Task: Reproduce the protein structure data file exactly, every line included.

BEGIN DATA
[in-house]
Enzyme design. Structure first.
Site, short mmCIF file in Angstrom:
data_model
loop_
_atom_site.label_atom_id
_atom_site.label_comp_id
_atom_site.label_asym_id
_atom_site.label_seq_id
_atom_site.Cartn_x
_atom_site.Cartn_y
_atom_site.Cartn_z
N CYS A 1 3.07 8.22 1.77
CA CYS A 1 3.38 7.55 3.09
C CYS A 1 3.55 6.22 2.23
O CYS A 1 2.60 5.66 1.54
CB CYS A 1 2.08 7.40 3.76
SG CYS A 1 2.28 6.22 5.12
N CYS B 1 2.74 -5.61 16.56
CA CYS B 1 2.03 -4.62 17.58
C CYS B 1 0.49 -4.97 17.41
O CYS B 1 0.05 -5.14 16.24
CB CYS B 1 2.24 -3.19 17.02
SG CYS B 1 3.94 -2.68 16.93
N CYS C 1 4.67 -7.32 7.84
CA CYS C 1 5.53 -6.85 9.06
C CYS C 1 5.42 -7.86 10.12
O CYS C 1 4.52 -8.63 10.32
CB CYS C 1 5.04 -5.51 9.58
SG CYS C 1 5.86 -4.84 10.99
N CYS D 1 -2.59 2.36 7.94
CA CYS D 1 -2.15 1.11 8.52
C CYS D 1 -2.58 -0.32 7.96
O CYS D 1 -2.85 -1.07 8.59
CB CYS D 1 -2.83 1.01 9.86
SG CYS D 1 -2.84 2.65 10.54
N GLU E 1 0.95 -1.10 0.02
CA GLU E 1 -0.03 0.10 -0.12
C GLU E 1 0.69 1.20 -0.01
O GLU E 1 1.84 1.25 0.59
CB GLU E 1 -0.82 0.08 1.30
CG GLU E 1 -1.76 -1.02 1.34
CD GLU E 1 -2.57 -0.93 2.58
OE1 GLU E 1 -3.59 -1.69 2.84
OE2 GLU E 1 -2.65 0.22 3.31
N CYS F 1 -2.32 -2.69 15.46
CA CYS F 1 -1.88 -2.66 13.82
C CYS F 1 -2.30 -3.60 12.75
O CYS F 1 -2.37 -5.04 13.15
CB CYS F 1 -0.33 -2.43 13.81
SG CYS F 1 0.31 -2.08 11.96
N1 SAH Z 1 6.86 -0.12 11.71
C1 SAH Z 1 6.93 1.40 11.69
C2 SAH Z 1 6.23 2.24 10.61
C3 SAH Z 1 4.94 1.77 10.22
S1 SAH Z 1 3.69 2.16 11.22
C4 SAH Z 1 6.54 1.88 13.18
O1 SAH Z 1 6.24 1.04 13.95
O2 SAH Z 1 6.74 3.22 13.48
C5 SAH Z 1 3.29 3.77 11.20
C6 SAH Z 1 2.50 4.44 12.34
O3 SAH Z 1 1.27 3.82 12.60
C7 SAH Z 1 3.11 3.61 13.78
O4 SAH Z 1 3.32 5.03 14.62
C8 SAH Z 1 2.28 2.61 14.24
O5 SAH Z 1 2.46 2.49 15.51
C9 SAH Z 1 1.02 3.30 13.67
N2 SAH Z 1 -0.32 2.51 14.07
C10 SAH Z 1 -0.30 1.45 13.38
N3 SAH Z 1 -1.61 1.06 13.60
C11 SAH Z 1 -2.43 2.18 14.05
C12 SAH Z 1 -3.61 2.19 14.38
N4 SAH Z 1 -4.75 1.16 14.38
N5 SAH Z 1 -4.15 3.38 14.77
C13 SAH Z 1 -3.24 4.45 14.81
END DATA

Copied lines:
[in-house]
Enzyme design. Structure first.
Site, short mmCIF file in Angstrom:
data_model
loop_
_atom_site.label_atom_id
_atom_site.label_comp_id
_atom_site.label_asym_id
_atom_site.label_seq_id
_atom_site.Cartn_x
_atom_site.Cartn_y
_atom_site.Cartn_z
N CYS A 1 3.07 8.22 1.77
CA CYS A 1 3.38 7.55 3.09
C CYS A 1 3.55 6.22 2.23
O CYS A 1 2.60 5.66 1.54
CB CYS A 1 2.08 7.40 3.76
SG CYS A 1 2.28 6.22 5.12
N CYS B 1 2.74 -5.61 16.56
CA CYS B 1 2.03 -4.62 17.58
C CYS B 1 0.49 -4.97 17.41
O CYS B 1 0.05 -5.14 16.24
CB CYS B 1 2.24 -3.19 17.02
SG CYS B 1 3.94 -2.68 16.93
N CYS C 1 4.67 -7.32 7.84
CA CYS C 1 5.53 -6.85 9.06
C CYS C 1 5.42 -7.86 10.12
O CYS C 1 4.52 -8.63 10.32
CB CYS C 1 5.04 -5.51 9.58
SG CYS C 1 5.86 -4.84 10.99
N CYS D 1 -2.59 2.36 7.94
CA CYS D 1 -2.15 1.11 8.52
C CYS D 1 -2.58 -0.32 7.96
O CYS D 1 -2.85 -1.07 8.59
CB CYS D 1 -2.83 1.01 9.86
SG CYS D 1 -2.84 2.65 10.54
N GLU E 1 0.95 -1.10 0.02
CA GLU E 1 -0.03 0.10 -0.12
C GLU E 1 0.69 1.20 -0.01
O GLU E 1 1.84 1.25 0.59
CB GLU E 1 -0.82 0.08 1.30
CG GLU E 1 -1.76 -1.02 1.34
CD GLU E 1 -2.57 -0.93 2.58
OE1 GLU E 1 -3.59 -1.69 2.84
OE2 GLU E 1 -2.65 0.22 3.31
N CYS F 1 -2.32 -2.69 15.46
CA CYS F 1 -1.88 -2.66 13.82
C CYS F 1 -2.30 -3.60 12.75
O CYS F 1 -2.37 -5.04 13.15
CB CYS F 1 -0.33 -2.43 13.81
SG CYS F 1 0.31 -2.08 11.96
N1 SAH Z 1 6.86 -0.12 11.71
C1 SAH Z 1 6.93 1.40 11.69
C2 SAH Z 1 6.23 2.24 10.61
C3 SAH Z 1 4.94 1.77 10.22
S1 SAH Z 1 3.69 2.16 11.22
C4 SAH Z 1 6.54 1.88 13.18
O1 SAH Z 1 6.24 1.04 13.95
O2 SAH Z 1 6.74 3.22 13.48
C5 SAH Z 1 3.29 3.77 11.20
C6 SAH Z 1 2.50 4.44 12.34
O3 SAH Z 1 1.27 3.82 12.60
C7 SAH Z 1 3.11 3.61 13.78
O4 SAH Z 1 3.32 5.03 14.62
C8 SAH Z 1 2.28 2.61 14.24
O5 SAH Z 1 2.46 2.49 15.51
C9 SAH Z 1 1.02 3.30 13.67
N2 SAH Z 1 -0.32 2.51 14.07
C10 SAH Z 1 -0.30 1.45 13.38
N3 SAH Z 1 -1.61 1.06 13.60
C11 SAH Z 1 -2.43 2.18 14.05
C12 SAH Z 1 -3.61 2.19 14.38
N4 SAH Z 1 -4.75 1.16 14.38
N5 SAH Z 1 -4.15 3.38 14.77
C13 SAH Z 1 -3.24 4.45 14.81